Corpus Christi’s Water Ban Gets Quick Response from 10th District
Rev. Linda Connor, 10th Episcopal District
Recently, the people of Corpus Christi, Texas, learned that their City water was contaminated with IndulinAA-86. This agent is reported by the New York Times to be corrosive, causing burning of the eyes, skin, and respiratory tract when the body is exposed to concentrated amounts. Residents could not bathe, drink, brush teeth, or wash clothes with the water.
The U.S. Environmental Protection Agency and the Texas Commission on Environmental Quality worked together in addressing the issue. They coordinated their resources in Austin, Corpus Christi, Dallas, and Houston to test the water and solve the problem.
Similarly, the Tenth District of the African Methodist Episcopal Church (AMEC) sprung into immediate action to get bottled water to people in Zone 3. This zone includes the historically Black neighborhood surrounding Brooks AME Church Worship Center. This neighborhood was the final zone to be released from the water ban and is home to several oil refineries and chemical plants.
The Tenth District AME Church Episcopal Office and St. Paul AMEC, both in Dallas, Texas, and Bethel AMEC and Emmanuel AMEC, both of San Antonio, Texas, worked together to support Brooks. Within hours of learning of the situation, volunteers from Bethel and Emmanuel purchased water, loaded it, and drove through rain and fog to Corpus Christi. Brooks AMEC received 1,000 cases of water from the church over the three-day ban. Cases of hand sanitizer and hand wipes were provided by the Women’s Missionary Society.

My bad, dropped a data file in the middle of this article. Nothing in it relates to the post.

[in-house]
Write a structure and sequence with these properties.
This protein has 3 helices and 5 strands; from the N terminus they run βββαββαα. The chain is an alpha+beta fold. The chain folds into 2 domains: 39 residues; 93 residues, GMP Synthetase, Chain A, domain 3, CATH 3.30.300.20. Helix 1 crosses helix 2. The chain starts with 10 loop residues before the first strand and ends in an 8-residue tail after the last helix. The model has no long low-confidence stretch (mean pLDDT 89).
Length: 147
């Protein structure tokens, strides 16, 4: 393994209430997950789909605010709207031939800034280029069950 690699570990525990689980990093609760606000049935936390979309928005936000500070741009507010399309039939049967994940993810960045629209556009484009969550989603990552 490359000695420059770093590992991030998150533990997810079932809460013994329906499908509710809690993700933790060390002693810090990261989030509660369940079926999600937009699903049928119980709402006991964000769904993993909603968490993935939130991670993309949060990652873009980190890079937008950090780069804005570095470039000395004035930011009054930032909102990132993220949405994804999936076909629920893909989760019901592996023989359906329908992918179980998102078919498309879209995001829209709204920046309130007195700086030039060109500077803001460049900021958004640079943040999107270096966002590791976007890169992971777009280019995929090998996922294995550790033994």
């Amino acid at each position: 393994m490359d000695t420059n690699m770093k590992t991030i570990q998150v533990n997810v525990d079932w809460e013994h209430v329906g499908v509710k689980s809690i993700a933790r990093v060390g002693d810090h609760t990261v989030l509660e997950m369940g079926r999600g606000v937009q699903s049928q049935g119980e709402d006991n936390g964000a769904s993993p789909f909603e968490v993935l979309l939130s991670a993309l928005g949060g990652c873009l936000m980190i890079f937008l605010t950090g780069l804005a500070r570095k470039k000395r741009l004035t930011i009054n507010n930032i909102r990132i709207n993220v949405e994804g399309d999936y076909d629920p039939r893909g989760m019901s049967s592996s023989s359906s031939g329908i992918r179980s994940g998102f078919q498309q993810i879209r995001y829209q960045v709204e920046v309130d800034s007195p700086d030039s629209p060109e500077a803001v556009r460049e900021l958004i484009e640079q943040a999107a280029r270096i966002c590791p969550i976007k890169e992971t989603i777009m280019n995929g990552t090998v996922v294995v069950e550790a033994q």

“When Rev. Adam Carrington, pastor of Brooks AMEC, text me about the growing crises in Corpus Christi, I knew that the 10th District would rise up and respond to the desperate need for clean fresh water in the city,” said Bishop Vashti Murphy McKenzie, Presiding Prelate of the Tenth Episcopal District. She added, “I knew that our church would be a center of help and hope for the community.”
“We immediately sent $1,000 from the 10th District Resource Account, a special account established with proceeds from the AME Store for this very purpose,” said Bishop McKenzie. “We also pledged $1,000 of our personal finances to assist in the aftermath if needed,” she noted.
“I have shared on more than one occasion that the availability of fresh clean water is the next justice issue for our country,” she continued. “Who gets clean water, how clean is it, when they get it and who controls or pollutes it will matter for generations to come. We have only to look at the recent events at Standing Rock and in Flint, Michigan… We may be able to survive an economic crisis,” said Bishop McKenzie, “but we will not be able to survive if there is no clean water to drink, fresh air to breathe or fertile soil to plant. We are the generation that will either make the environment better or make it worse for our children’s children. We are the generation that can make people just as important as profits.”